Symborg launches Qlimax, the new soil energizer that boosts microbial flora

  • Thanks to the microbial flora, crops grow stronger and show greater tolerance to stress. 

  • Living soil helps reduce greenhouse gas emissions,” says Jesús Juárez.

   

22 June 2021 

The multinational Symborg continues to expand its product portfolio and launches Qlimax, an innovative soil energizer that performs as a prebiotic. Its application multiplies the concentration of microbial flora in the soil, stimulates its development and enhances its beneficial activity in the agronomic management of soil and crops. In the words of Jesús Juárez, founding partner and CEO of Symborg:

“Soil is like humans, if its microbiota is in good condition, it increases the plant’s ability to obtain nutrients and protect itself against pathogenic microorganisms. The soil microbiota is like the intestinal microbiota, it plays a fundamental role in nutrition and health”.

Increasing soil microbial flora improves soil structure and nutrient availability for crops. As a result, with enhanced root system development and improved nutrition, crops develop stronger and show greater tolerance to stress, resulting in a positive impact on crop yield and quality. 

Qlimax is composed of a careful selection of molecules with prebiotic function obtained through a unique biotechnological process. Juárez says:

“Qlimax is the result of transferring all of Symborg’s know-how in the effective colonization of beneficial microorganisms from the laboratory to precision agriculture”.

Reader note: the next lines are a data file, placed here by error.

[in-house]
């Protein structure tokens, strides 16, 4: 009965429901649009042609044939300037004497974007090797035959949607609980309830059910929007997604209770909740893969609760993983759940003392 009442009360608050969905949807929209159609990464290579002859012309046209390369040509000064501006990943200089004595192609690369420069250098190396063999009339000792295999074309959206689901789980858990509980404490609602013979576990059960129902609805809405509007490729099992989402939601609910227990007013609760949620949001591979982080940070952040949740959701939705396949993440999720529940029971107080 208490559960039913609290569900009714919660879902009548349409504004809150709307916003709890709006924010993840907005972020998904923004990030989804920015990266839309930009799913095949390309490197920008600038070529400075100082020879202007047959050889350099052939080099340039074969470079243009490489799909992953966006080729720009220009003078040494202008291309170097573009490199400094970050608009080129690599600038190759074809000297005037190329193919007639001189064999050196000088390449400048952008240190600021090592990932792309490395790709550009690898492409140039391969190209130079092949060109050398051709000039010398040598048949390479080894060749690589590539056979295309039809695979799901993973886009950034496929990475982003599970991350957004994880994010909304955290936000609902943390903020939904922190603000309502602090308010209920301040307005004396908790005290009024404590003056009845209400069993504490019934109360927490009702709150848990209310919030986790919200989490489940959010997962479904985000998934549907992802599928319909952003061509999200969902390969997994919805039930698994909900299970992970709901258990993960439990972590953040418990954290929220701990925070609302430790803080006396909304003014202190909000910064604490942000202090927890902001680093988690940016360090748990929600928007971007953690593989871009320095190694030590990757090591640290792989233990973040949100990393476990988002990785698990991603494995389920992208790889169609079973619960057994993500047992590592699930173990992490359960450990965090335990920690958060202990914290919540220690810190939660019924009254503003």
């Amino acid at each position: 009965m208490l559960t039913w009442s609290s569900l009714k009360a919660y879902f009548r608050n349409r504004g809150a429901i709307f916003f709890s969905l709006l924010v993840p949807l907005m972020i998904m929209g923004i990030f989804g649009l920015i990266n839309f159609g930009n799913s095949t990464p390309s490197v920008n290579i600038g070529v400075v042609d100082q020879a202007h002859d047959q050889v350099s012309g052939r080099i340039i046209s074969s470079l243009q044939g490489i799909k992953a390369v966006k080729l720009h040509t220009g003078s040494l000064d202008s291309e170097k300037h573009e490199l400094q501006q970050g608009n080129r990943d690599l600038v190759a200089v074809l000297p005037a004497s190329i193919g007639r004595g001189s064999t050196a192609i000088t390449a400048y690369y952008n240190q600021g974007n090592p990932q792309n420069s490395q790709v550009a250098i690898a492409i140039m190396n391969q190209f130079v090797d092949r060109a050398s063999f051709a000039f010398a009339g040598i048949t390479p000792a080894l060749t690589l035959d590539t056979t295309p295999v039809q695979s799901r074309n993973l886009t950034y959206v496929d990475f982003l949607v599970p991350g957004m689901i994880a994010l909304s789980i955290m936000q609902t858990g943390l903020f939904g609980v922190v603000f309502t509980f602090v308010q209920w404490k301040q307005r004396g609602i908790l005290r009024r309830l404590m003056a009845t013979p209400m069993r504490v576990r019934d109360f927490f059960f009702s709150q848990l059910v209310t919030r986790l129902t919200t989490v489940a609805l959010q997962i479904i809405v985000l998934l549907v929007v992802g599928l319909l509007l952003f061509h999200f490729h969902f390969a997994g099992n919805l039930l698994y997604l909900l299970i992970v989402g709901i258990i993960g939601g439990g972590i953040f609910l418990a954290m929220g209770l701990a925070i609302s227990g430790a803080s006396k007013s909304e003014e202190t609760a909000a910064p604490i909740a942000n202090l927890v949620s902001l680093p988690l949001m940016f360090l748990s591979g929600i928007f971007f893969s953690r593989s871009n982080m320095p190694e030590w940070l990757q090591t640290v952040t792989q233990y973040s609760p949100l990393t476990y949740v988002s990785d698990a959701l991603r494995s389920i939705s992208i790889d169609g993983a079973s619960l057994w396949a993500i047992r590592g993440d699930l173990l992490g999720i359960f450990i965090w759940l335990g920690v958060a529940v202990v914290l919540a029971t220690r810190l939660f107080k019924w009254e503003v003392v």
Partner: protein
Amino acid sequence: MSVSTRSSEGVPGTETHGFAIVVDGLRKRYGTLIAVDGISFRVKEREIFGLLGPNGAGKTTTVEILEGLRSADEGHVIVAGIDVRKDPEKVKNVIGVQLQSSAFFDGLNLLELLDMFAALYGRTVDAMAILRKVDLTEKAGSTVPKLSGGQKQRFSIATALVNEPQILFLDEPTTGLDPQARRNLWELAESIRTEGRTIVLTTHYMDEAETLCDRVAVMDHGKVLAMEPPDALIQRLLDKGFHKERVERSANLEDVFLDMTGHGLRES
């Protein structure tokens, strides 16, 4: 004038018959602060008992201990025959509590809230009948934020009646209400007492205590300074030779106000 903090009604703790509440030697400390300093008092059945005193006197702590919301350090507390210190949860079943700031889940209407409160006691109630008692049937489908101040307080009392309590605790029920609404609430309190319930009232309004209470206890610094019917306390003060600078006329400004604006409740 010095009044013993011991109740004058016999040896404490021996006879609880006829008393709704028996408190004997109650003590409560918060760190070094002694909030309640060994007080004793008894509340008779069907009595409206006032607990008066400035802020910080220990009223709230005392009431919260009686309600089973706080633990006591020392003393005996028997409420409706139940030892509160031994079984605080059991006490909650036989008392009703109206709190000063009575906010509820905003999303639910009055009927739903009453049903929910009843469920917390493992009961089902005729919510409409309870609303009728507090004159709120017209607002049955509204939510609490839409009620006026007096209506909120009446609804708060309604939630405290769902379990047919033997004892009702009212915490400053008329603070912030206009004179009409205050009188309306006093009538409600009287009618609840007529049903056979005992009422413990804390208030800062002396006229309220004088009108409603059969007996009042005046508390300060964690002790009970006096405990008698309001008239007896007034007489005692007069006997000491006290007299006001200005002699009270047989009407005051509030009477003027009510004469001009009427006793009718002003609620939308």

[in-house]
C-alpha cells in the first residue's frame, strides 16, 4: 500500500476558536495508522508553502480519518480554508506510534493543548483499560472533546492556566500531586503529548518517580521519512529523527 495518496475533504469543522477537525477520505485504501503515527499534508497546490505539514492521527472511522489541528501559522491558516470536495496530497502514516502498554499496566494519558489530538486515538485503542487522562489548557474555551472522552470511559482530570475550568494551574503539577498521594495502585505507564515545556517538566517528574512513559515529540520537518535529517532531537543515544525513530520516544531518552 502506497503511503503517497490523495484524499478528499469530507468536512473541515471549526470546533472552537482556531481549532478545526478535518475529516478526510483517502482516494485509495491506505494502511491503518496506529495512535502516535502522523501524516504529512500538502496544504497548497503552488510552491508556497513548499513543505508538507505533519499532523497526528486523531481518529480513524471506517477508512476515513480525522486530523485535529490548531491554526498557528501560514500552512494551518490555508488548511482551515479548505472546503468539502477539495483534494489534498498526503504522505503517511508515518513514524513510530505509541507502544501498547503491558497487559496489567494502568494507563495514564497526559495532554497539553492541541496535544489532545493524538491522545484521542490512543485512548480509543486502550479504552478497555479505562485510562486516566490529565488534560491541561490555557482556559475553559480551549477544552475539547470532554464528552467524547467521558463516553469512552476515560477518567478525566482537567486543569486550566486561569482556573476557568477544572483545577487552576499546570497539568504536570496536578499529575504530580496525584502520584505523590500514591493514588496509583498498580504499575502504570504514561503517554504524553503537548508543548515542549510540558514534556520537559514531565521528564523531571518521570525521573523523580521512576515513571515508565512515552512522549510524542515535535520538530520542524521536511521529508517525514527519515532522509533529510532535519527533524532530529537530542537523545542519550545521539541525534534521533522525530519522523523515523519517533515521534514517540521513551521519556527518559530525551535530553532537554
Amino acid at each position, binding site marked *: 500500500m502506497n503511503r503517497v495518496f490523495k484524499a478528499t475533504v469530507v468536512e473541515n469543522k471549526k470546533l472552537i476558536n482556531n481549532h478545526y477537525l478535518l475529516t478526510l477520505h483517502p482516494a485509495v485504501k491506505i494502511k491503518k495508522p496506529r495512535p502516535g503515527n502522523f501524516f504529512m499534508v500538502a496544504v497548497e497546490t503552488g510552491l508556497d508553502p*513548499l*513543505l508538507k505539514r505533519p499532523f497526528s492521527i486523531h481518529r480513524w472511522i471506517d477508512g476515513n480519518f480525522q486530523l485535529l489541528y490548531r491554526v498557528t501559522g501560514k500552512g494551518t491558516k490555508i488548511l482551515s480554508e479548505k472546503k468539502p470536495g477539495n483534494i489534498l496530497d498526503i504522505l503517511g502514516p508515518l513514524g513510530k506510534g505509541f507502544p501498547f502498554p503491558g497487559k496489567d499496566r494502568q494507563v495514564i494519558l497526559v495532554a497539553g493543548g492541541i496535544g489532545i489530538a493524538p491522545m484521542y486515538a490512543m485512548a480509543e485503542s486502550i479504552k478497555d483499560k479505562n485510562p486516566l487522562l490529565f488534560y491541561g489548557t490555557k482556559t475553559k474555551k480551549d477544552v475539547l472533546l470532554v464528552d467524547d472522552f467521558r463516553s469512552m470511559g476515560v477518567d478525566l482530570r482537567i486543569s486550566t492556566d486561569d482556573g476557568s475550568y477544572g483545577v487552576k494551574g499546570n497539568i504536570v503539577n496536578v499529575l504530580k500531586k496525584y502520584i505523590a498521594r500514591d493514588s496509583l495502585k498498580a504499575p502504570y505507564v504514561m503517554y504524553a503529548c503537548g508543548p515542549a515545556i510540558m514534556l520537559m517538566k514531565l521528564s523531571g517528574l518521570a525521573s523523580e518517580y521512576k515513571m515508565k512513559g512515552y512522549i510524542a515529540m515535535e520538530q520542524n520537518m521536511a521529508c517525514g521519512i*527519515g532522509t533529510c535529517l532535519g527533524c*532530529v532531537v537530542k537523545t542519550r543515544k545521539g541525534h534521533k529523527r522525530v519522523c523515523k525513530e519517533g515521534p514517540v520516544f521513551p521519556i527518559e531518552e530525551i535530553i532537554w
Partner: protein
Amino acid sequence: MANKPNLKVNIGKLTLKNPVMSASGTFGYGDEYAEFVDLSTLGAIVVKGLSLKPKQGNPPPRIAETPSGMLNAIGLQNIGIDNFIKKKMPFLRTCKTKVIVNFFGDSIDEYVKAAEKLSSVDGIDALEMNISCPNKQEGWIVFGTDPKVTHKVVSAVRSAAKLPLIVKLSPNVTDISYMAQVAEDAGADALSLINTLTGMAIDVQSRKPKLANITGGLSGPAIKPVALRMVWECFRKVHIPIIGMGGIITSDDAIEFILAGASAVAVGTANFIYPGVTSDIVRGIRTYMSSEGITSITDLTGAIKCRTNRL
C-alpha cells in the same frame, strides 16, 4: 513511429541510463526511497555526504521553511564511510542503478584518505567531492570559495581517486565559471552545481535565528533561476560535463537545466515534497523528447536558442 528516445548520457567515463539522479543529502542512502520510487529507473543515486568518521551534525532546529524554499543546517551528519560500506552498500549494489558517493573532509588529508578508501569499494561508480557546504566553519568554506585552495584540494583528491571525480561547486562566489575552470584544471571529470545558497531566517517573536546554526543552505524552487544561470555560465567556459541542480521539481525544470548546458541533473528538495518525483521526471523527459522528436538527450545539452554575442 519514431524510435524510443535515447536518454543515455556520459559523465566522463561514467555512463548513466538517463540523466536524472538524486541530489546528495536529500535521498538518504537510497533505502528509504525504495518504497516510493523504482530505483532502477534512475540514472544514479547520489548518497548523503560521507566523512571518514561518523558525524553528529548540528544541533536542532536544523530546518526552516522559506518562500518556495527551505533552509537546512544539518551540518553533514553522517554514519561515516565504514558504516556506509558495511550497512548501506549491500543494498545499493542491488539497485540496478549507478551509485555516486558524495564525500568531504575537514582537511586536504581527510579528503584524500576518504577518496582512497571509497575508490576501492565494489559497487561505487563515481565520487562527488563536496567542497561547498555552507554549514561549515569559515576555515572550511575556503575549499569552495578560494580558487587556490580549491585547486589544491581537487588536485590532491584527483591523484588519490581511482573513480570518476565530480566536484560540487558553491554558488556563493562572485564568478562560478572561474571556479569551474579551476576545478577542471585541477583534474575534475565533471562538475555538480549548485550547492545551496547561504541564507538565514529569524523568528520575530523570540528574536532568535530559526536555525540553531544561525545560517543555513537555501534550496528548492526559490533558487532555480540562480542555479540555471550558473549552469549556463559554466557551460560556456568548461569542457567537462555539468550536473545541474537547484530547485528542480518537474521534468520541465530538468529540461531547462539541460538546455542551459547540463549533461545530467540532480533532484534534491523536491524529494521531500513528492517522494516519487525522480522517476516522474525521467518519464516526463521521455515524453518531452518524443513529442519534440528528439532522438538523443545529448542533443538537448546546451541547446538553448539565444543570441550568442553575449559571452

The new Qlimax product is suitable for all crops and soil types, especially recommended for eroded soils or soils at risk of degradation. Moreover, Qlimax can be applied individually or in combination, as it is compatible with any probiotic on the market based on selected microorganisms.    

 

Would you like to watch Qlimax launch spot? Don’t miss it:

“Living soil helps combat and adapt to climate change”

Soil is a non-renewable resource; it takes more than 1,000 years for 1 centimetre of soil to form. According to the UN, soil is the largest store of terrestrial organic carbon, more than twice the amount stored in vegetation. 

If managed sustainably, living soil can sequester carbon, reducing greenhouse gas emissions into the atmosphere. Healthy soils can also store large amounts of water, which helps crops cope with drought and adapt to extreme rainfall. 

“At Symborg we have been advocating for the importance of soil for more than a decade. In addition to having a direct impact on productivity, living soil is an ally in food security, an issue that is of increasing concern to society; and in climate change, as it contributes to reducing greenhouse gas emissions,” concludes Juárez.